Nuri Bilge Ceylan‘s Winter Sleep has won the Palme d’or at this year’s Cannes Film Festival. The jury—Jane Campion (president), Gael García Bernal, Carole Bouquet, Sofia Coppola, Willem Dafoe, Leila Hatami, Do-Yeon Jeon, Jia Zhangke and Nicolas Winding Refn—has also presented the following awards:
The Grand Prix goes to Alice Rohrwacher’s The Wonders.
Best Director goes to Bennett Miller for Foxcatcher.
Surely the shock of the evening, the Prix du Jury goes to both Xavier Dolan’s Mommy and to Jean-Luc Godard‘s Goodbye to Language.
Best Screenplay goes to Andrey Zvyagintsev and Oleg Negin for Leviathan.
Best Actor: Timothy Spall for his performance in Mike Leigh’s Mr. Turner.
Best Actress: Julianne Moore for hers in David Cronenberg’s Maps to the Stars.
Nicole Garcia and the rest of the Camera d’or jury have named Marie Amachoukeli, Claire Burger and Samuel Theis’s Party Girl the best debut feature of the festival.
The Cinéfondation and Short Films Jury headed by Abbas Kiarostami and including Mahamat-Saleh Haroun, Noémie Lvovsky, Daniela Thomas and Joachim Trier, has awarded the 2014 Cinéfondation Prizes:
- First Prize: Annie Silverstein’s Skunk.
- Second Prize: Atsuko Hirayanagi’s Oh Lucy!
- Joint Third Prize: Daisy Jacobs’s The Bigger Picture and Fulvio Risuleo’s Lievito Madre.
Best Short Film goes to Simón Mesa Soto’s Leidi. Two special mentions: Clément Trehin-Lalanne’s Aïssa and Hallvar Witzo’s Yes We Love.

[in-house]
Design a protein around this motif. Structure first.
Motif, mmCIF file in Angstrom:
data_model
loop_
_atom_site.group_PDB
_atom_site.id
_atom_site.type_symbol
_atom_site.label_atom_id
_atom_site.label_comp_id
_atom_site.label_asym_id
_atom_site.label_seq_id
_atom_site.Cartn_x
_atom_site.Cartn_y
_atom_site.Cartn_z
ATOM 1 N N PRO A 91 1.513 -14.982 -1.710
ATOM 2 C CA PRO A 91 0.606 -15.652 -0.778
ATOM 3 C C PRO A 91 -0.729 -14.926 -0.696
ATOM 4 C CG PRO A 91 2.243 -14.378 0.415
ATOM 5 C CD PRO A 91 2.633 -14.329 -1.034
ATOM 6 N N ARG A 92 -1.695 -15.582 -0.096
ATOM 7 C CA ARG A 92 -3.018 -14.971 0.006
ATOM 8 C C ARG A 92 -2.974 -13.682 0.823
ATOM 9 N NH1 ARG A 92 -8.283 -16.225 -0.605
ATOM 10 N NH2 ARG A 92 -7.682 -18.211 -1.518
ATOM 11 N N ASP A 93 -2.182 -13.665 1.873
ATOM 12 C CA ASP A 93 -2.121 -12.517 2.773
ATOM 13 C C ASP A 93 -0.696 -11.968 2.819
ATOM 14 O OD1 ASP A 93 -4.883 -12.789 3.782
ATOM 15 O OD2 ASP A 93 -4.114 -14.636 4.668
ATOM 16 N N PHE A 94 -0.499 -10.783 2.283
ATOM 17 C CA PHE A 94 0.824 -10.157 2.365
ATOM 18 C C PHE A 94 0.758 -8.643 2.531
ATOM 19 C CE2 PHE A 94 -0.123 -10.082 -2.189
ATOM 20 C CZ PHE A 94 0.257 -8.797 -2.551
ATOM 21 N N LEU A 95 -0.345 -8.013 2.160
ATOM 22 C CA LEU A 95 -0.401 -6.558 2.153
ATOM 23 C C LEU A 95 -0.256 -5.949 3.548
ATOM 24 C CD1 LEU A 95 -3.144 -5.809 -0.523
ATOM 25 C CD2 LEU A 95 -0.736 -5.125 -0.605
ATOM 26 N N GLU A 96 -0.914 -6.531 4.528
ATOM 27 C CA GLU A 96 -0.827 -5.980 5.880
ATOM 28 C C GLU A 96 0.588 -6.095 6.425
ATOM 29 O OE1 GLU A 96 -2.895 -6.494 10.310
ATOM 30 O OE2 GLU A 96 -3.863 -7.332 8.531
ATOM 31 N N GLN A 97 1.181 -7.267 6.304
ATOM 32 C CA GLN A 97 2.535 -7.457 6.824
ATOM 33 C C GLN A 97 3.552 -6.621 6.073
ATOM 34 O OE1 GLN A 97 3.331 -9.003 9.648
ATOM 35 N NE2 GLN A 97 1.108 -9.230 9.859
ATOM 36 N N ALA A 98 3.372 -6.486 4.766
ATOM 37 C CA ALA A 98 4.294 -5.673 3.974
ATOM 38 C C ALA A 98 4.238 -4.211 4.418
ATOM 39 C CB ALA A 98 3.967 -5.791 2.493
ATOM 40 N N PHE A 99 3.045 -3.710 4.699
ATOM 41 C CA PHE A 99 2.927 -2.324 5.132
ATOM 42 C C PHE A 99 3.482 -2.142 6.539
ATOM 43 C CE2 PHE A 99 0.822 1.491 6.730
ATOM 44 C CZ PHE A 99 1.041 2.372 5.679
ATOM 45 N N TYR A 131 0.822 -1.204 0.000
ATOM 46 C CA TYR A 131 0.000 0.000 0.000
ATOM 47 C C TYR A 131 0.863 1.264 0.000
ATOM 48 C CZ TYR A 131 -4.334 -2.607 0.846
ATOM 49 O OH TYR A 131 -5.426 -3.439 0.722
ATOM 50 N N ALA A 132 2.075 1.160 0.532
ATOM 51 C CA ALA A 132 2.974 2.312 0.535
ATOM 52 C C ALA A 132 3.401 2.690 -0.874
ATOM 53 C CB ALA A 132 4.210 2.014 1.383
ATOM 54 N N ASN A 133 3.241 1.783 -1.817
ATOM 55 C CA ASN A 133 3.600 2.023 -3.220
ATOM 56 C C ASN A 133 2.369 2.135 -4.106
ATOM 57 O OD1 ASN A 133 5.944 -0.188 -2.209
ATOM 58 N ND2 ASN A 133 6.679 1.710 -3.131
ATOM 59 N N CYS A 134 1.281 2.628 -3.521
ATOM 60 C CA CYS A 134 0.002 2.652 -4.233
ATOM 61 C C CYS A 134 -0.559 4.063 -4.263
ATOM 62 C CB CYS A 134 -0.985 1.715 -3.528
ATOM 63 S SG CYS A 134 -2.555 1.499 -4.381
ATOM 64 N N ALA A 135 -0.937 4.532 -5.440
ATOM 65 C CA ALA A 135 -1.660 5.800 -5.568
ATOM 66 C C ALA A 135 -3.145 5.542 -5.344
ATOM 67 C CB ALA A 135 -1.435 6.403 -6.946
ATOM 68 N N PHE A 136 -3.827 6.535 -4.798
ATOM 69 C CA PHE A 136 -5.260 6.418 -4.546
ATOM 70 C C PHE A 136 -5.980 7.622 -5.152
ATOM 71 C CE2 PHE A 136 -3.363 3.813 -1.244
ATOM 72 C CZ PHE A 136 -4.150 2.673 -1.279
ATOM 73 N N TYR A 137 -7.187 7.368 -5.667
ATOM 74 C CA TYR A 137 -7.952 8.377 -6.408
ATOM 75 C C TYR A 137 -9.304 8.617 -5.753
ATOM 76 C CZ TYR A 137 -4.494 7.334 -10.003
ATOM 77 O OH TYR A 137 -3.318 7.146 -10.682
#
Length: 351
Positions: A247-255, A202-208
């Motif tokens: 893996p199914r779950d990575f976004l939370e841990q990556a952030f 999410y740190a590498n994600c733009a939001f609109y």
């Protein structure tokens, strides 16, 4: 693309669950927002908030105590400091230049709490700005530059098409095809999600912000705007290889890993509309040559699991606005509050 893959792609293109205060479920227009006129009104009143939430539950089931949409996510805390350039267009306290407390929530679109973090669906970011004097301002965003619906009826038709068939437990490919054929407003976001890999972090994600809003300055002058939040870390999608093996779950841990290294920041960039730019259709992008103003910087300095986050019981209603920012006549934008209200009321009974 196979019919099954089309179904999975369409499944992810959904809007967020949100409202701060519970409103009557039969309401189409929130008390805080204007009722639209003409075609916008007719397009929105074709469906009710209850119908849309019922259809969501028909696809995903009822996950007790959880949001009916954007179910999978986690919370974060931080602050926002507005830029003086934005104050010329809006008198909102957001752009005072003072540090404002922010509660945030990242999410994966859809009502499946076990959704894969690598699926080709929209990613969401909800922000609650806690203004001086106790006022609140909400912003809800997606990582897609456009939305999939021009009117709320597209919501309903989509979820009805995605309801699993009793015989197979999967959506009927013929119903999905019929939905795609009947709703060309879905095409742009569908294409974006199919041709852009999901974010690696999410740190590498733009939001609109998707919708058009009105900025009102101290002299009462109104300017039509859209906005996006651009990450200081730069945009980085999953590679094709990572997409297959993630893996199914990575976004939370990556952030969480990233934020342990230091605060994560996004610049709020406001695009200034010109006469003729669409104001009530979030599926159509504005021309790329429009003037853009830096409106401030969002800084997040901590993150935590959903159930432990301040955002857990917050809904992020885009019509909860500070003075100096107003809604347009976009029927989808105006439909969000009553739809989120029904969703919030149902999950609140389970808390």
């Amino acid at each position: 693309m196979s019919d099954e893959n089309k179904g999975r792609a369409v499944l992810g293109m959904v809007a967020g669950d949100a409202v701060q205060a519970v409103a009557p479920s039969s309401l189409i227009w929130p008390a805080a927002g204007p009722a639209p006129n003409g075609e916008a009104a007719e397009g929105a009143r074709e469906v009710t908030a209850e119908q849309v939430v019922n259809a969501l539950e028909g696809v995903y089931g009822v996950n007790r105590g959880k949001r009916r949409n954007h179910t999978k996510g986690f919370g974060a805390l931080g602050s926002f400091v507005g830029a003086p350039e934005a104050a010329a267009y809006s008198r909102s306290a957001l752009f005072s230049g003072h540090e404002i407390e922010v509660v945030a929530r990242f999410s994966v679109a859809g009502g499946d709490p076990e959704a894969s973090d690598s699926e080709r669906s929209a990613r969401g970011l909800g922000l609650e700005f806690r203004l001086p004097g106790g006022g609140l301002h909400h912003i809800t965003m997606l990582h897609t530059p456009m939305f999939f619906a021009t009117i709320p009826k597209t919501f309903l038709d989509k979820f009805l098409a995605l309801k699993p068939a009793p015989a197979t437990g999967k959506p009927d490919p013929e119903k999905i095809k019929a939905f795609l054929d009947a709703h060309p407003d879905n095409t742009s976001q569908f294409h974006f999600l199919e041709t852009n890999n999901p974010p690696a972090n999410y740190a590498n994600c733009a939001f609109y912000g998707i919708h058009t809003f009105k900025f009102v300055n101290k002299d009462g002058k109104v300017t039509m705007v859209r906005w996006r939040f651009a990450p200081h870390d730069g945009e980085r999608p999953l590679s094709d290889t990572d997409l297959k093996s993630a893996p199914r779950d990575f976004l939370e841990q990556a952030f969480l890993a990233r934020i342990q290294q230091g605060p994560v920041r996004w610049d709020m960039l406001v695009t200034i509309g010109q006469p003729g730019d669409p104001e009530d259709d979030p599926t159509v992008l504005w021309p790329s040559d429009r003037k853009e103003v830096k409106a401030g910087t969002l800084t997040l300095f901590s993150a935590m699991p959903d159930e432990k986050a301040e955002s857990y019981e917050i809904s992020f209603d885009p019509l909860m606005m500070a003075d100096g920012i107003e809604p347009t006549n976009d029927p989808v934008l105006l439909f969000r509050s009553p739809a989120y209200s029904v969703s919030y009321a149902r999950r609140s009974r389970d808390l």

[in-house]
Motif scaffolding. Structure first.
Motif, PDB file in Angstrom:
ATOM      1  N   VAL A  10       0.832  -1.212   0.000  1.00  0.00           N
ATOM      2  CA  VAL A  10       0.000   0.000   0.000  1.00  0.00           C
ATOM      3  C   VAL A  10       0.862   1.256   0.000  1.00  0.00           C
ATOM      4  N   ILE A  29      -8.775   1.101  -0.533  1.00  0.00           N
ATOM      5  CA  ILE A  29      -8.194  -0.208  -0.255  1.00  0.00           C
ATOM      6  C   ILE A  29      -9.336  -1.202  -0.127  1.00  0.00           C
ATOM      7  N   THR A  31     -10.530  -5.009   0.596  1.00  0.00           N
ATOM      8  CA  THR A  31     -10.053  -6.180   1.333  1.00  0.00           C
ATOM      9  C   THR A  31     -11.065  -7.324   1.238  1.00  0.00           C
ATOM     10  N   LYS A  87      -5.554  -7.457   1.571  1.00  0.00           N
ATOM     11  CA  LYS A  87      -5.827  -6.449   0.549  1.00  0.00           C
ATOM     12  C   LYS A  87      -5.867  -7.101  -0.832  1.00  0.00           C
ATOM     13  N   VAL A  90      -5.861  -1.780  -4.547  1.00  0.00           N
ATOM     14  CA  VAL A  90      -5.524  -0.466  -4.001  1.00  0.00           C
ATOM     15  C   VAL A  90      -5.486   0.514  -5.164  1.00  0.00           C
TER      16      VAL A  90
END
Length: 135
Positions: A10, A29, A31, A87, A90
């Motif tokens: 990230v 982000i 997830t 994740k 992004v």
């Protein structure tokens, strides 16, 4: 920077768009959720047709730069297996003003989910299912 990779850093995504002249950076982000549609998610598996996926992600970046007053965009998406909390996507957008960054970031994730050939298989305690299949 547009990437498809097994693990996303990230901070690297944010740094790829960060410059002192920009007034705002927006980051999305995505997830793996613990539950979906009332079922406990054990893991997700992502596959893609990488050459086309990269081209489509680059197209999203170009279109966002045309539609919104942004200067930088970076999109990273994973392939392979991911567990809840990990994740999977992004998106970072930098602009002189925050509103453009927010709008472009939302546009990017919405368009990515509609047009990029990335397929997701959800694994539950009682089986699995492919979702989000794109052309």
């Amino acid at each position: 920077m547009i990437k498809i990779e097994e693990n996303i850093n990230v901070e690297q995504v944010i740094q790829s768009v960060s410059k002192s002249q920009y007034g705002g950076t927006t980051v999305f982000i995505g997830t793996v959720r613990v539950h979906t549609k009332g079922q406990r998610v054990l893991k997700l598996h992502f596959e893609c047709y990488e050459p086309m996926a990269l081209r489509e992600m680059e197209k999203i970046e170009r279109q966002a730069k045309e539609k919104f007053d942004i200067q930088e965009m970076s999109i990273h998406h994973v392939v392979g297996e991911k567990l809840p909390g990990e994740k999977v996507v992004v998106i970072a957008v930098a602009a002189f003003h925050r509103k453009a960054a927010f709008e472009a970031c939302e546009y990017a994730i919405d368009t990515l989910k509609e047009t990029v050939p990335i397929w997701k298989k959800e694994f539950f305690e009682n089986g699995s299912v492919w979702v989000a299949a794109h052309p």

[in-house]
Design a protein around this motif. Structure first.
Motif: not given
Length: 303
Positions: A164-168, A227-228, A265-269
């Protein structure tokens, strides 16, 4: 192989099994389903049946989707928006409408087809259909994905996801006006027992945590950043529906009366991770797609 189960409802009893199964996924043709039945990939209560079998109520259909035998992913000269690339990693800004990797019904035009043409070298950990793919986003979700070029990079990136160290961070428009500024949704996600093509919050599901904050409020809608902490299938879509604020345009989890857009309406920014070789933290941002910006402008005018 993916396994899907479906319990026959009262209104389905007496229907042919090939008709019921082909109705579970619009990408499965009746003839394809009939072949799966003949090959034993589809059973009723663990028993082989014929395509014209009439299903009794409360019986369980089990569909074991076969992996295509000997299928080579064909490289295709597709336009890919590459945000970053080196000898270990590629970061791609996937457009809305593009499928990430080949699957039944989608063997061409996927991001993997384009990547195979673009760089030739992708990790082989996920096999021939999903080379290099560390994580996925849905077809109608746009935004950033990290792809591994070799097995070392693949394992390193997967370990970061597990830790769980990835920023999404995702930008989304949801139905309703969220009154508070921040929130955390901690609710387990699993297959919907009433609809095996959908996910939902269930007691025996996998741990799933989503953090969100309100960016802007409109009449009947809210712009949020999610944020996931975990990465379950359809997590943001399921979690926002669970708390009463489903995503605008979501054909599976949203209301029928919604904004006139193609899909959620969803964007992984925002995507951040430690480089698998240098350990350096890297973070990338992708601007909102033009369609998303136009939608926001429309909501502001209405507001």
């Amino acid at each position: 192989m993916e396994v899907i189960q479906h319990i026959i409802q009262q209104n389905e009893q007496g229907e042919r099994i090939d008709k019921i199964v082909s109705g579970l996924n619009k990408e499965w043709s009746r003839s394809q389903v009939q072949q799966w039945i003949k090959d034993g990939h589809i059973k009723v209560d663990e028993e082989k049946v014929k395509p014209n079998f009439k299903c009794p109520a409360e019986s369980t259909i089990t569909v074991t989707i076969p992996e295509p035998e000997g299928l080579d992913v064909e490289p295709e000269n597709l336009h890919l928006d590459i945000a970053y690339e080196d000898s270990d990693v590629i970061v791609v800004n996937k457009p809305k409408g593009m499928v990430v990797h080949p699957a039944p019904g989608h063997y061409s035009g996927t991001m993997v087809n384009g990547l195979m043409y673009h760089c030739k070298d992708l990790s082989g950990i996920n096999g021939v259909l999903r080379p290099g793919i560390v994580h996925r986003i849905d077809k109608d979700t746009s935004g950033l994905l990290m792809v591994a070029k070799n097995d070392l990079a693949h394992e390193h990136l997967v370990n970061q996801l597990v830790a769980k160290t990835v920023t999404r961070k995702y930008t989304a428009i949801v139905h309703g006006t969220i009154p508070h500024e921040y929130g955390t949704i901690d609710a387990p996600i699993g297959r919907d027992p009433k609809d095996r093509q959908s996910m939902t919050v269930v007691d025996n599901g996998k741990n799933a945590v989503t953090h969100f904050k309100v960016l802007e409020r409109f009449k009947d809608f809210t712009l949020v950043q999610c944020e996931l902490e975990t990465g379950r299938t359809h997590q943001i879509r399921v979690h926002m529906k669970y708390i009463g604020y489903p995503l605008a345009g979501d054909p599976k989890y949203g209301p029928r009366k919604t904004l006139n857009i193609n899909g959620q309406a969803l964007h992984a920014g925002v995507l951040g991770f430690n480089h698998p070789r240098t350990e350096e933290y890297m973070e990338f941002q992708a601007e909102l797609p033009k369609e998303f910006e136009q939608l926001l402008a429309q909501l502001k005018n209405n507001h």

The International Federation of Film Critics (FIPRESCI) has given its prizes to Winter Sleep and, for best film in Un Certain Regard, Lisandro Alonso‘s Jauja. And the best film in the parallel sections? Thomas Cailley’s Love at First Fight, which has also taken three Directors’ Fortnight awards.
Abderrahmane Sissako’s Timbuktu has won the Ecumenical Jury Award and the Prix François Chalais. The Ecumenical Jury has also recognized two films from Un Certain Regard: Wim Wenders and Juliano Ribeiro Salgado’s The Salt of the Earth and Jaime Rosales’s Beautiful Youth.
Matthew Warchus’s Pride, which “chronicles the reluctant romance between the workers and families involved in the bitter 1984 miners’ strike and a group of London gay and lesbian activists who were among their biggest fundraisers” (David Rooney, Hollywood Reporter), has won the Queer Palm. The Guardian‘s Peter Bradshaw calls it “warm and witty, with terrific performances; Stephen Beresford’s script is fast and funny and there’s a rousing musical score from Chris Nightingale.”
Luke and Body, two real-life brothers who share the role of Hagen in Kornél Mundruczó’s Un Certain Regard award-winning White God, have won the Palm Dog.
On Thursday, Myroslav Slaboshpytskiy’s feature debut The Tribe cleaned up at the Critics’ Week awards.
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